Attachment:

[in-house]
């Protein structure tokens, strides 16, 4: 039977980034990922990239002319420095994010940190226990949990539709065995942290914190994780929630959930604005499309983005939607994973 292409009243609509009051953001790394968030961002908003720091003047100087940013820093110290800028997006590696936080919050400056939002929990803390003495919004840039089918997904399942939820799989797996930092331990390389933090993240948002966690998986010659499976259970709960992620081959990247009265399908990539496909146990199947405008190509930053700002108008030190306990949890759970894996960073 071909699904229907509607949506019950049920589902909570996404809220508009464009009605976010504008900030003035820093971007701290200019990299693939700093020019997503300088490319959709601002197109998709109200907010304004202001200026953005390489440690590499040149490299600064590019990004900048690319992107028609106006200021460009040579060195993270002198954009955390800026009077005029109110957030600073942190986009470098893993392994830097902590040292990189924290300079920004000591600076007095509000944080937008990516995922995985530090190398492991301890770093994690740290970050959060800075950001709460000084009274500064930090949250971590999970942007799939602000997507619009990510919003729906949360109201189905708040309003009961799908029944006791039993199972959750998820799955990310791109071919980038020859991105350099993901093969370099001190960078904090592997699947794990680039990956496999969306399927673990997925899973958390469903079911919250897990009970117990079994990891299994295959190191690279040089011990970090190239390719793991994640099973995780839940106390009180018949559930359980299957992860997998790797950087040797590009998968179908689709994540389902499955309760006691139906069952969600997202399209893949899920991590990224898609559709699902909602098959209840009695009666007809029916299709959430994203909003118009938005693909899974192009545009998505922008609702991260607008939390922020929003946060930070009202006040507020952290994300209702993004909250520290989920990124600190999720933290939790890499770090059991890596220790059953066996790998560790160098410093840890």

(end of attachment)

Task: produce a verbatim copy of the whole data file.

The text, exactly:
[in-house]
């Protein structure tokens, strides 16, 4: 039977980034990922990239002319420095994010940190226990949990539709065995942290914190994780929630959930604005499309983005939607994973 292409009243609509009051953001790394968030961002908003720091003047100087940013820093110290800028997006590696936080919050400056939002929990803390003495919004840039089918997904399942939820799989797996930092331990390389933090993240948002966690998986010659499976259970709960992620081959990247009265399908990539496909146990199947405008190509930053700002108008030190306990949890759970894996960073 071909699904229907509607949506019950049920589902909570996404809220508009464009009605976010504008900030003035820093971007701290200019990299693939700093020019997503300088490319959709601002197109998709109200907010304004202001200026953005390489440690590499040149490299600064590019990004900048690319992107028609106006200021460009040579060195993270002198954009955390800026009077005029109110957030600073942190986009470098893993392994830097902590040292990189924290300079920004000591600076007095509000944080937008990516995922995985530090190398492991301890770093994690740290970050959060800075950001709460000084009274500064930090949250971590999970942007799939602000997507619009990510919003729906949360109201189905708040309003009961799908029944006791039993199972959750998820799955990310791109071919980038020859991105350099993901093969370099001190960078904090592997699947794990680039990956496999969306399927673990997925899973958390469903079911919250897990009970117990079994990891299994295959190191690279040089011990970090190239390719793991994640099973995780839940106390009180018949559930359980299957992860997998790797950087040797590009998968179908689709994540389902499955309760006691139906069952969600997202399209893949899920991590990224898609559709699902909602098959209840009695009666007809029916299709959430994203909003118009938005693909899974192009545009998505922008609702991260607008939390922020929003946060930070009202006040507020952290994300209702993004909250520290989920990124600190999720933290939790890499770090059991890596220790059953066996790998560790160098410093840890």